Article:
Batch fees are a charge that occurs when payments are processed and deposited or “batched.” If this is done daily, the batch fees will be charged daily. These charges protect the merchant gateway if someone signs up for the service, but doesn’t have any sales. Batch fees are not expensive normally, but you should be aware that you are being charged these fees if you sign up for a merchant gateway before you have launched, or started selling your product.

Merchant gateways may also charge a monthly subscription fee. When you are shopping for a merchant gateway service, just remember to account for this fee. Not all merchant gateways charge a subscription fee. If your gateway does, you may want to search for another service without a subscription fee if this cost is considerable.

Proprietary Systems

The final type of merchant service is a proprietary system that is built into the platform on which you sell your products. Examples of this type of service is Amazon.com and Kajabi Next. These proprietary systems are expensive, but can be attractive because they offer other advantages. For instance, Amazon.com has a complicated fee structure that includes referral fees, closing fees, shipping charges, and high-volume listing fees. If you don’t price your items carefully, you could lose money on every sale of your product. Referral fees alone can be as much as 6% to 25% plus $1.00 for each item sold.

Why would anyone pay these kind of fees to sell on Amazon? It’s because of Amazon’s enormous customer base. Placing your items for sale on Amazon.com doesn’t guarantee sales, but it certainly increases your chances. Unless you have a huge e-mail list, you probably can’t compete on your own website considering the traffic you will get from your product being listed on Amazon.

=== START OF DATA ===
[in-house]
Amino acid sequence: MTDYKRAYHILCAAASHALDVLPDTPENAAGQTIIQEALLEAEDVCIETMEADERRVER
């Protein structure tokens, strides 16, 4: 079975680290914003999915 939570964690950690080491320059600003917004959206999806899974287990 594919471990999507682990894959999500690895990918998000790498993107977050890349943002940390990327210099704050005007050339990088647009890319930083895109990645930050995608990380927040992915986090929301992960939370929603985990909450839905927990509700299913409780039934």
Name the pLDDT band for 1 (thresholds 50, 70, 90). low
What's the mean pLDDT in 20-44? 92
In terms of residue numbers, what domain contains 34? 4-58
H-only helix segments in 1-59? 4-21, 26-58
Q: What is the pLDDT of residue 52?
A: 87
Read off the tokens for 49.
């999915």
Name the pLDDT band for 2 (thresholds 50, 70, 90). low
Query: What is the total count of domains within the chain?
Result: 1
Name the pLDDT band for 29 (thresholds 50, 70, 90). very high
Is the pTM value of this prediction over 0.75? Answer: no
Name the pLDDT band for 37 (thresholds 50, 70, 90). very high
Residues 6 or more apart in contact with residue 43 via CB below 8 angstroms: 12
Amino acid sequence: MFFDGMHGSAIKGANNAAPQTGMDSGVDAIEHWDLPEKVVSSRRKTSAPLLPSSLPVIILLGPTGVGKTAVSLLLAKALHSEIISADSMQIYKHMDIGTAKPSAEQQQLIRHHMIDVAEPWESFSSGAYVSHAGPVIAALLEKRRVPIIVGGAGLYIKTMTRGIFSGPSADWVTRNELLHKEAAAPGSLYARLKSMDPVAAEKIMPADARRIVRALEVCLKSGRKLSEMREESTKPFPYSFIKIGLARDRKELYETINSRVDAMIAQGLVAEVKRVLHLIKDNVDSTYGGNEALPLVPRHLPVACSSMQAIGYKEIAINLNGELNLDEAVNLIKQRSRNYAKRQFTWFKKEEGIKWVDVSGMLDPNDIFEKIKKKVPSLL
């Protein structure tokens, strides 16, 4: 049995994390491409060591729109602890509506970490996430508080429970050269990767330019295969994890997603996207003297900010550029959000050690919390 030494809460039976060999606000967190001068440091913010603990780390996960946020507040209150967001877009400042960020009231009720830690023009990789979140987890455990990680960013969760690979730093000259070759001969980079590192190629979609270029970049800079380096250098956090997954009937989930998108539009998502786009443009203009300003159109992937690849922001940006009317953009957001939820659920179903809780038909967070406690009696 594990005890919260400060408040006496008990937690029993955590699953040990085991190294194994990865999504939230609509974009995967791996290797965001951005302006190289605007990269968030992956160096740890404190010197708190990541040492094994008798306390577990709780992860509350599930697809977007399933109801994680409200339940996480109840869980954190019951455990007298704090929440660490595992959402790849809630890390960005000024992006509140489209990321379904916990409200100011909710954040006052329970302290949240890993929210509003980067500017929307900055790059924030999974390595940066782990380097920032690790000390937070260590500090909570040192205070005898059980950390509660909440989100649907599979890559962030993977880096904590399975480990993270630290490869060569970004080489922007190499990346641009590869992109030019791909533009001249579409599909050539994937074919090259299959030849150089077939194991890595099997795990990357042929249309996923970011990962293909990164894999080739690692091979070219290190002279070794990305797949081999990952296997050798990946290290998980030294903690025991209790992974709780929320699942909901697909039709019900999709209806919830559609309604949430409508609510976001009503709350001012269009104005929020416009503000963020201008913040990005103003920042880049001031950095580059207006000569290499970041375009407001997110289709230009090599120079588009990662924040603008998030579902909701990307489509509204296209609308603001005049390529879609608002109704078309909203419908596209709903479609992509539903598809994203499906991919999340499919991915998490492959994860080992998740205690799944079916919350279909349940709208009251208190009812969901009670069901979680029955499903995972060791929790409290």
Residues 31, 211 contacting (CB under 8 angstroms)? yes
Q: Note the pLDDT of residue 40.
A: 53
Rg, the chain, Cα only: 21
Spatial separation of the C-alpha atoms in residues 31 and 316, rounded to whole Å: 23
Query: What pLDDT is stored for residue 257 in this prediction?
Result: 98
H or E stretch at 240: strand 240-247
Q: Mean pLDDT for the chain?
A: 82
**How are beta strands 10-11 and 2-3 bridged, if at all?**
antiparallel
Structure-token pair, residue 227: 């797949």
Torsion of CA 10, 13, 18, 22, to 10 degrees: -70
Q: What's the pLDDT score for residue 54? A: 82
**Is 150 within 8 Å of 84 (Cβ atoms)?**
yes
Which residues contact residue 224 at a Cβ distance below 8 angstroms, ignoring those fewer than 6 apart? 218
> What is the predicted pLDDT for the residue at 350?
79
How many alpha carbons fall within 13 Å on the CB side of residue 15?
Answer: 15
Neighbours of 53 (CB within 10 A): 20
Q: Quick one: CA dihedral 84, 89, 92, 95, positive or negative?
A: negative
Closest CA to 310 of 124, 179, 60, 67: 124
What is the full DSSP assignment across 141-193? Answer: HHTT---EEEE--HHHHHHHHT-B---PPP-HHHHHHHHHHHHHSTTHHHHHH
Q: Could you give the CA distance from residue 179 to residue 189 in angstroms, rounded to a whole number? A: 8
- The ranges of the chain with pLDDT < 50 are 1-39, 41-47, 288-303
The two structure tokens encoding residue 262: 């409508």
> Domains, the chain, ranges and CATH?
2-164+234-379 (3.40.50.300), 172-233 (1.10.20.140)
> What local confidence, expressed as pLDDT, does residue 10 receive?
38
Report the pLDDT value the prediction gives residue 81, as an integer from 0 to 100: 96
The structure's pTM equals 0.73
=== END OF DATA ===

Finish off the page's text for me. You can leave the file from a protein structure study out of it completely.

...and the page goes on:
Another reason these proprietary systems can charge so much is that they have eliminated competition. If you sell on their platform, you have to use their merchant services. They have eliminated competition for other payment processors or merchant gateways by restricting customers to their merchant service. There are no other options.

If you have developed an online course, for example, but you haven’t had time to setup your website for e-commerce or you haven’t developed a strategy to drive traffic to your site, it may be beneficial to list your course with Kajabi Next to start making sales and prime the cash flow pump. Once you have developed a following and your courses have gained popularity, it may be better to switch selling your courses on your own website.

The Bottom Line

Merchant services are not always insignificant costs and may eat into your profits unless you study and understand the options available to you. If you feel overwhelmed by all the choices, consult a professional who can help you choose the service that is right for you and your business.

If your product or service is priced at $50.00 or more, the expense of credit card processors may be restrictive. It may be best to forego credit cards altogether and accept payments by ACH (Automated Clearing House, a method of direct transfer from one bank to another) or e-checks.

It is important to weigh your options instead of just randomly choosing a payment option. Do your due diligence and understand the various options. Don’t simply take the recommendations of your Facebook friends as the best choice for your business.